now these two things may seem completely random examples of beauty, of all the amazingly beautiful things, but that’s the point isn’t it? anything can be beautiful. and when it’s honest and simple, has a sense of consideration and makes a difference to your day it’s a beautiful thing. even if it’s just on the outside.

next lesson: when beautiful things are full of shit.

thanks for subscribing to she sees red by lauren brown. xx

can anything be beautiful? part 1

well of course anything can be beautiful – it’s just a choice to elevate something to a particular level of perception.
that’s the easy bit.

but where’s the fun in that argument?

which leads us onto section 2.

can anything be beautiful? part 1.2

all arse. model: sweetheart, my cat

no. this is not beautiful. in fact, it’s downright ugly. and anyone else that wakes up to that each morning would have to agree with me.

yet ‘things’ are not always about beauty, but also about function, fun, power, peace – the range and diversity of reasons for existing. and if anything, and therefore everything was beautiful, nothing would get done and we’d all be a bunch of boring hedonists, living in a blissful paradise with dante and yoda.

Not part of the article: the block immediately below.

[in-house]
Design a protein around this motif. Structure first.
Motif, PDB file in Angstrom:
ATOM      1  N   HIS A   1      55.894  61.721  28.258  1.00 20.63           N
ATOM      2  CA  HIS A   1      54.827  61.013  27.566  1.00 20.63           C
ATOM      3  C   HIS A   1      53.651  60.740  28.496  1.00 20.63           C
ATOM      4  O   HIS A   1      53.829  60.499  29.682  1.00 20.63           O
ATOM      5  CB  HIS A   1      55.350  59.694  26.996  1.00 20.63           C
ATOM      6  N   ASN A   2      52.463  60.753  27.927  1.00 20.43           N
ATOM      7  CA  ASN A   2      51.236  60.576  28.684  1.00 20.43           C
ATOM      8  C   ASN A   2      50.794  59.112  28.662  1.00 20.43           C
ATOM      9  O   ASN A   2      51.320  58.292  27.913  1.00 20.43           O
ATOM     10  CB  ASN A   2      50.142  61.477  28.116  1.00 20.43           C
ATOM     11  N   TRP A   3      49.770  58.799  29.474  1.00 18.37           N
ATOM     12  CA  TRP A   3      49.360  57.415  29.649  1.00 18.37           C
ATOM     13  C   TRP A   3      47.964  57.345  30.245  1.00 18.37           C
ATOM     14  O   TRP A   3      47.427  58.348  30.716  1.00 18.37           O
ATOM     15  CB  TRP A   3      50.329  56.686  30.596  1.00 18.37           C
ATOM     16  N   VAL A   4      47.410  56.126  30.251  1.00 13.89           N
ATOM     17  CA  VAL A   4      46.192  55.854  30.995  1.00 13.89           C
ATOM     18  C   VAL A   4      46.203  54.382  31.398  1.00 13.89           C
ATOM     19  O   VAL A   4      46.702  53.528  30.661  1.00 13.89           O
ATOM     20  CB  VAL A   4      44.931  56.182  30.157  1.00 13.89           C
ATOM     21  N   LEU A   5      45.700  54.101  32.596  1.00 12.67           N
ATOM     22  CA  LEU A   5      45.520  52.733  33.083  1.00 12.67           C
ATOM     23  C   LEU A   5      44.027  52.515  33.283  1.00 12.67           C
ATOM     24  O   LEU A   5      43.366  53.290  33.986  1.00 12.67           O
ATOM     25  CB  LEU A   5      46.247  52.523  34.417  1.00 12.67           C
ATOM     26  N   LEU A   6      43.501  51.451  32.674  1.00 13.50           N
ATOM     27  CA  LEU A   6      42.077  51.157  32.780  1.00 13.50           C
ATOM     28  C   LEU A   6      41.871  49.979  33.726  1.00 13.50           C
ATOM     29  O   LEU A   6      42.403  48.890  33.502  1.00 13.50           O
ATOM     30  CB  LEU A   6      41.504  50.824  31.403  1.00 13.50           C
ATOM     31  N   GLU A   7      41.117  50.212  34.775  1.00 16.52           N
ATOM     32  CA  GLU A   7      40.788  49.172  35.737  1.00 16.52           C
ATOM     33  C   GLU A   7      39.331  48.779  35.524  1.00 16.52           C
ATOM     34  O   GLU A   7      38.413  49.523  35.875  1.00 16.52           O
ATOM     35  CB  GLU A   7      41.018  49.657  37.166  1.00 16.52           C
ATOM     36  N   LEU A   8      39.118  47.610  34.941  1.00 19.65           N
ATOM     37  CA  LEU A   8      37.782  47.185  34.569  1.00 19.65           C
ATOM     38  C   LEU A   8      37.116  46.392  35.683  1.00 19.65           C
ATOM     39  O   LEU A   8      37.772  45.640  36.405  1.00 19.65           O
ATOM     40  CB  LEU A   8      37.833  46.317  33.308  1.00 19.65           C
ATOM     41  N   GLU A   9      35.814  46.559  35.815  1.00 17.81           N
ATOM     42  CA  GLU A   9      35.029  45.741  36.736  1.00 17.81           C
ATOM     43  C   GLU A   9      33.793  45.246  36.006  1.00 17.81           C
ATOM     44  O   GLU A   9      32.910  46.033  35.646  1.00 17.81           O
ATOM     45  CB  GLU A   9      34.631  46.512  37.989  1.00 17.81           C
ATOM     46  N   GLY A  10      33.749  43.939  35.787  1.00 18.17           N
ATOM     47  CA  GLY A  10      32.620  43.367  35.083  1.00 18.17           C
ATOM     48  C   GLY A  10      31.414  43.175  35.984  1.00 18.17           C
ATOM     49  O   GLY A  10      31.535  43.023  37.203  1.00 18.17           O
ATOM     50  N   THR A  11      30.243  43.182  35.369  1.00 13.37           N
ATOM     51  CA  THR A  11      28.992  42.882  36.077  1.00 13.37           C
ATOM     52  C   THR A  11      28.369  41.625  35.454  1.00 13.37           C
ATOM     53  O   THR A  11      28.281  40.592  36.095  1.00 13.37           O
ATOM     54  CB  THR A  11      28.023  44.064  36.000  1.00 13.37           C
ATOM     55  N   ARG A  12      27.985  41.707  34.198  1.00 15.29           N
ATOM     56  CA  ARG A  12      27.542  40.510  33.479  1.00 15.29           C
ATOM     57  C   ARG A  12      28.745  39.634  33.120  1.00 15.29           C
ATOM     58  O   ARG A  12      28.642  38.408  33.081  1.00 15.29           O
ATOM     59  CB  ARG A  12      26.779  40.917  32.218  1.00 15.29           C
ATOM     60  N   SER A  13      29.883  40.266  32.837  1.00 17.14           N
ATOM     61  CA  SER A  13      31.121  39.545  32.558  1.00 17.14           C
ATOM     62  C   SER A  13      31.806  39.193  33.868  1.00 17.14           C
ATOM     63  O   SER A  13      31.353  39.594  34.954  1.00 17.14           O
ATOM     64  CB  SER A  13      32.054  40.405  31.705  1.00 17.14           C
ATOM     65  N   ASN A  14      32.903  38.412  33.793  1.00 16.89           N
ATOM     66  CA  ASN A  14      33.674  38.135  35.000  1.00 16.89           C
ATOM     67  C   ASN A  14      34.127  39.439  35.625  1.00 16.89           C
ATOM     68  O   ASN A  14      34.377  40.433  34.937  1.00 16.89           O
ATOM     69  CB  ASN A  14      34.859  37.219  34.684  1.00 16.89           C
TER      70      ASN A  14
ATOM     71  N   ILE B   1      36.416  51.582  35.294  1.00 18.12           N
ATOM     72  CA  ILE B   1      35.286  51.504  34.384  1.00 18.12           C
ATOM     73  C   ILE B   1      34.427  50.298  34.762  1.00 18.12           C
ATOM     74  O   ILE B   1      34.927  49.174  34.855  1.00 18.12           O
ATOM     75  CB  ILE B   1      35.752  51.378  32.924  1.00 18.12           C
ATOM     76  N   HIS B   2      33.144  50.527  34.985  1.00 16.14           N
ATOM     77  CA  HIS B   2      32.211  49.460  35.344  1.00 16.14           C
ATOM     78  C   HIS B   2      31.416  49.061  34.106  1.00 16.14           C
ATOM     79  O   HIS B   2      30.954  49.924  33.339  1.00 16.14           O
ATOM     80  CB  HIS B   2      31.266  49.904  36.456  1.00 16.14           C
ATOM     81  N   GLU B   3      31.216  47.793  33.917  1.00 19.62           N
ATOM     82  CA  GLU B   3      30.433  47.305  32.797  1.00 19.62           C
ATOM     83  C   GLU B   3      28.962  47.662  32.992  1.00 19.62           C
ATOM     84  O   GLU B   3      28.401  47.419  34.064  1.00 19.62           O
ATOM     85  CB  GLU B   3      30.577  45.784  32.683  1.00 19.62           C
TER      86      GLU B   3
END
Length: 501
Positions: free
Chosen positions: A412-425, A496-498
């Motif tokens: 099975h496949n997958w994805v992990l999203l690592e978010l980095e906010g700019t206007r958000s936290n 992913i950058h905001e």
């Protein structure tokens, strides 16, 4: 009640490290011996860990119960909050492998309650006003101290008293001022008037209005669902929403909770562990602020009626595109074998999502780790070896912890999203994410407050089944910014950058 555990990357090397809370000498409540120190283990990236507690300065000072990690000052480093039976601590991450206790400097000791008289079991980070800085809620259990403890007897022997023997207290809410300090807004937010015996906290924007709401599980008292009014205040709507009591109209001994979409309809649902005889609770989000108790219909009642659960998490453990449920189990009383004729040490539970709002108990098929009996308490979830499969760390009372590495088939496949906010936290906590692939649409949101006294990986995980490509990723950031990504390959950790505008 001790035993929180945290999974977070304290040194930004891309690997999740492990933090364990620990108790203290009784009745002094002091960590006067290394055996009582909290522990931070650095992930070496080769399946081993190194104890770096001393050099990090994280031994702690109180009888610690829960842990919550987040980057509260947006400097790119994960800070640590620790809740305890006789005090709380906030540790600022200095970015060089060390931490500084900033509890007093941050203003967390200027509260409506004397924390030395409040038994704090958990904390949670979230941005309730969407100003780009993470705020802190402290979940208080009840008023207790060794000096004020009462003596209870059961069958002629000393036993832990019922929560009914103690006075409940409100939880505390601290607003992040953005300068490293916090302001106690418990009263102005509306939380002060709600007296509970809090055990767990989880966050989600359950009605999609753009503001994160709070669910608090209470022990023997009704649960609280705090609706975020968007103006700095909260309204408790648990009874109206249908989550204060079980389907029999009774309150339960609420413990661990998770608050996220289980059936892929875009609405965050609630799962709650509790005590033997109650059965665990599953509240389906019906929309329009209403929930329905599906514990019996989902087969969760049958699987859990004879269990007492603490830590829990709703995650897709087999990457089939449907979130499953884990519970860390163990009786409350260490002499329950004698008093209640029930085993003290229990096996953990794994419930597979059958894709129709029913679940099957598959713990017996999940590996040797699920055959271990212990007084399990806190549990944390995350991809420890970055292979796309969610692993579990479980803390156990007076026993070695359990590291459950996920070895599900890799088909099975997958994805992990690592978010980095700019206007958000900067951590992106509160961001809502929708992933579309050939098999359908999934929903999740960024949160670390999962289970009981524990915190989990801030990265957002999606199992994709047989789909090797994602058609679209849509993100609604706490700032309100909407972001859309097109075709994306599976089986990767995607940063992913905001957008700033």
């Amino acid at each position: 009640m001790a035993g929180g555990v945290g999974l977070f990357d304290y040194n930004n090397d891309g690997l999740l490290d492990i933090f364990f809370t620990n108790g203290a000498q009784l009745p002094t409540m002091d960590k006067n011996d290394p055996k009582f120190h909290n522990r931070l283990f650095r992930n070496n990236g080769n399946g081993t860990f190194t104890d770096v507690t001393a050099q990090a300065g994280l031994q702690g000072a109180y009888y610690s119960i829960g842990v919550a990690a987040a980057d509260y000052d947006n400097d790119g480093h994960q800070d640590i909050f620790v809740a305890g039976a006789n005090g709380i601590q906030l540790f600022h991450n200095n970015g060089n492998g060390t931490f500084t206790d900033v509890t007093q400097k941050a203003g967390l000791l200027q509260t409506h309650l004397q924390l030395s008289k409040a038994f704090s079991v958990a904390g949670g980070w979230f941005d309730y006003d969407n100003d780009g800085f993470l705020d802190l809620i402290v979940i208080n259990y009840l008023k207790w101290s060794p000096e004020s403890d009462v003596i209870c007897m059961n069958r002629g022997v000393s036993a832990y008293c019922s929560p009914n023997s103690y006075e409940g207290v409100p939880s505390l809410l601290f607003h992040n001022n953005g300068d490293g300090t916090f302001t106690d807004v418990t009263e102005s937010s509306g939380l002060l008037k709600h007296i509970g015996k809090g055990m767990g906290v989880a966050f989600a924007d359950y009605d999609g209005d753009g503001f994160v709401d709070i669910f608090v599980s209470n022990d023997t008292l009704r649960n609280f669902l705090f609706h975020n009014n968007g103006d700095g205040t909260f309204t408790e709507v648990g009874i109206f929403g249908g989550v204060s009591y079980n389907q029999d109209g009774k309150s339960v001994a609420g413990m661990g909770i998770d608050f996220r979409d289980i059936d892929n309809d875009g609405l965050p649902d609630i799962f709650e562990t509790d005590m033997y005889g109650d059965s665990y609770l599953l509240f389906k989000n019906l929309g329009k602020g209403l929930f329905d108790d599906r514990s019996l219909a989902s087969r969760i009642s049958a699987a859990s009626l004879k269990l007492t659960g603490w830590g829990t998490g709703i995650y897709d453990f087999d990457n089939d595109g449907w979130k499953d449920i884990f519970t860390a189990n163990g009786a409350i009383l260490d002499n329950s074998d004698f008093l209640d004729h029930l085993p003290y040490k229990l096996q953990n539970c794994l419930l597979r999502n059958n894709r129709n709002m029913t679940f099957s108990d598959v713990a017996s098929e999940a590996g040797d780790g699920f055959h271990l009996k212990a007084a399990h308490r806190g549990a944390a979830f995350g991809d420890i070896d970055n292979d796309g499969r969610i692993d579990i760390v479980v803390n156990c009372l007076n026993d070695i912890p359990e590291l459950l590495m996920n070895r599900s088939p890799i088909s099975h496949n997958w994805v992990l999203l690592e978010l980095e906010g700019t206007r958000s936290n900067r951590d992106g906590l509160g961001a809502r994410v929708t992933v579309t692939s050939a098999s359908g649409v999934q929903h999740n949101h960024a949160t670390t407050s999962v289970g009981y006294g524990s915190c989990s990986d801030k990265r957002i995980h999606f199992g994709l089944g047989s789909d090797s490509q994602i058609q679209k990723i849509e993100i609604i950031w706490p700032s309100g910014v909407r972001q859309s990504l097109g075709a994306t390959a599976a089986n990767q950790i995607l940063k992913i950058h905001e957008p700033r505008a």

and as cool as those guys would be, i imagine it would boring as batshit because it’s the occasion of beauty that makes it so inspiring. the surprise, the treat, the glimpse of it gives us such a wonderful thing to aspire to (but never quite obtain as an absolute). in fact living in absolute anything would be an entirely depressing existence.

so while my cat’s bum is damned ugly and will never be beautiful, it fulfills a function that my cat always appreciates, even if i don’t.

and luckily, the rest of her is gorgeous, so it all works out in the end.

thanks for subscribing to she sees red by lauren brown. xx

can anything be beautiful? preface